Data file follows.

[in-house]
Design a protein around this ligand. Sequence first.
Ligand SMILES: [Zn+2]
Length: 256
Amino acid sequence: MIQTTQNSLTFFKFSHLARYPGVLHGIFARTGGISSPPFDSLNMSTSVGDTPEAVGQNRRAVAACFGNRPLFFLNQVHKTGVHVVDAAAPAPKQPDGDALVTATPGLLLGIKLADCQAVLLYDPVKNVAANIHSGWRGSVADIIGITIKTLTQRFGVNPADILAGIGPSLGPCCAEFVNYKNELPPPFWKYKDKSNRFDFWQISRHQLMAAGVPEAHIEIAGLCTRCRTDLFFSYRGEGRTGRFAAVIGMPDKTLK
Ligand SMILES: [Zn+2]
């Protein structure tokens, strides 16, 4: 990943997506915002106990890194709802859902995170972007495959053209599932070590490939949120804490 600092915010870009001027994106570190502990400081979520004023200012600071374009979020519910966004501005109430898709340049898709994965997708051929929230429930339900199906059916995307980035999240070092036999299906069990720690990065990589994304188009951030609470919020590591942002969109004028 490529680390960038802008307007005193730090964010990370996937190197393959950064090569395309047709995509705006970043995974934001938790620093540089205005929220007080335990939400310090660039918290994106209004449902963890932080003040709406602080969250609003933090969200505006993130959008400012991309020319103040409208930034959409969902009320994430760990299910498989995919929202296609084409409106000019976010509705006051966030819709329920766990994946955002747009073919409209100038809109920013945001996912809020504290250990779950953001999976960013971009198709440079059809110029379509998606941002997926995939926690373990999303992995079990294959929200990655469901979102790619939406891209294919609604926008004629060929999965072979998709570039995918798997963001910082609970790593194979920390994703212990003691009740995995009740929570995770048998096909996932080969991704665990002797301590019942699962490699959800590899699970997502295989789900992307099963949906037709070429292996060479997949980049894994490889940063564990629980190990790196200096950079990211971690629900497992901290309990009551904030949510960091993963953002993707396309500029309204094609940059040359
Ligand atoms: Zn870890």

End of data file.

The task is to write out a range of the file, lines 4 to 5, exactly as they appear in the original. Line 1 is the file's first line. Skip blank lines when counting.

Length: 256
Amino acid sequence: MIQTTQNSLTFFKFSHLARYPGVLHGIFARTGGISSPPFDSLNMSTSVGDTPEAVGQNRRAVAACFGNRPLFFLNQVHKTGVHVVDAAAPAPKQPDGDALVTATPGLLLGIKLADCQAVLLYDPVKNVAANIHSGWRGSVADIIGITIKTLTQRFGVNPADILAGIGPSLGPCCAEFVNYKNELPPPFWKYKDKSNRFDFWQISRHQLMAAGVPEAHIEIAGLCTRCRTDLFFSYRGEGRTGRFAAVIGMPDKTLK